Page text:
Multistage hydraulic cylinders or telescopic hydraulic cylinders are a recent innovation that have enabled us to customize and enhance the application of various types of machinery. They are used for a wide range of applications including cultivation, construction, and civil engineering.
The primary advantage of the multi-stage hydraulic cylinder lies in the extension capabilities of its shaft, allowing it a far longer stroke when compared with other cylinders.
It consists of various tubular rods known as sleeves. These sleeves (usually five or six) are of decreasing diameters and are placed within each other. Once pressure is pumped into the cylinder, the largest sleeve (also known as barrel or main) is the first to extend. It is followed by subsequent sleeves up to the last one (known as a plunger) until it reaches its maximum extension.
The compact design of the multi-stage hydraulic cylinder allows it to enhance the function of process operations by proving particularly useful in areas where space is limited, and high amounts of pressure and force are required.
A potential solution for these applications is a multistage telescopic cylinder with two or more moving stages which can provide longer strokes relative to the retracted length. The most common type of telescopic cylinder is single acting which extends with hydraulic power but requires gravity or some other external force to retract. If the cylinder must be hydraulically powered in both directions, the solution is a double acting telescopic cylinder. However, a common mistake is expecting a double acting telescopic cylinder to replicate the performance of a typical single stage double acting cylinder. If the different operating characteristics of a double acting telescopic cylinder are not taken into consideration, the results can range from mild to serious machine malfunction.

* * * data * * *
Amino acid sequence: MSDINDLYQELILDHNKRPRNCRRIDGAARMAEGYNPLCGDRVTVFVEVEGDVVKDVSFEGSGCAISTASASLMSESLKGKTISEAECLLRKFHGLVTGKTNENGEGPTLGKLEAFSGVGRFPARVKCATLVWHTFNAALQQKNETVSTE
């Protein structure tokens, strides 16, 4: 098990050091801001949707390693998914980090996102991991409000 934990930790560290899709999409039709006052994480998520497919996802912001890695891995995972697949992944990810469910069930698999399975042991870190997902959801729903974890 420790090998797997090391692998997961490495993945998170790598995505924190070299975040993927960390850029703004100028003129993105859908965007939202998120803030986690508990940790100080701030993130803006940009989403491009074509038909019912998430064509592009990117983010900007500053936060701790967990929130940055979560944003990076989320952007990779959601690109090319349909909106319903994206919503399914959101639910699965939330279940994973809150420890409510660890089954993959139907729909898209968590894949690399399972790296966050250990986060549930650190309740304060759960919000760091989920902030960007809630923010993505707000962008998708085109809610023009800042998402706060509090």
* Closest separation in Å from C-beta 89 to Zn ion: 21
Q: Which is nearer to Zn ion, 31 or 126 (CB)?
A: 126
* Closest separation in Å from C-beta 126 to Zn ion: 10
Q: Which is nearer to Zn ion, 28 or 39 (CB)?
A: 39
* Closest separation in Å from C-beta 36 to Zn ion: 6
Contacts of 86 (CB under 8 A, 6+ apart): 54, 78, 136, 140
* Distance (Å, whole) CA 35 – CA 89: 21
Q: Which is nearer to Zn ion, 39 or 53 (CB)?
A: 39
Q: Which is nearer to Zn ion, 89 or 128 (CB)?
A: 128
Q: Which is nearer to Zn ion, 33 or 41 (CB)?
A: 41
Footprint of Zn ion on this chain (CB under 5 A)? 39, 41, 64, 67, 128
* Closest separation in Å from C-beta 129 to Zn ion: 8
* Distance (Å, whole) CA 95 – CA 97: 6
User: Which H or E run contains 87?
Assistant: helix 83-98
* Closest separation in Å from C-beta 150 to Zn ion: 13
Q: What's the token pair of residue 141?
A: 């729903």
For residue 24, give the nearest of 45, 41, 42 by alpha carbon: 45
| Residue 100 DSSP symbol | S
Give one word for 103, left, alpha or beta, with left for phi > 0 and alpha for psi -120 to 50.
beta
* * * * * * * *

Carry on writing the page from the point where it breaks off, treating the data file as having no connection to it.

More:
We will refer to the most common design of double acting telescopic cylinders as “conventional”. This conventional design has a cross drilled port hole in each moving stage to communicate flow and pressure in and out of the annular volume. Because crossing a hole while under pressure would cause failure to a typical elastomeric piston seal, split cast iron rings are typically used. Although these cast iron rings are robust and durable, they allow some bypass leakage, which allows the cylinder to drift under load. In our rental yard example, if a cylinder is replaced with a conventional double acting telescopic cylinder, a boom left up in the air would come slowly down to rest on the ground. Likewise, an induced tensile load would cause the cylinder to drift out.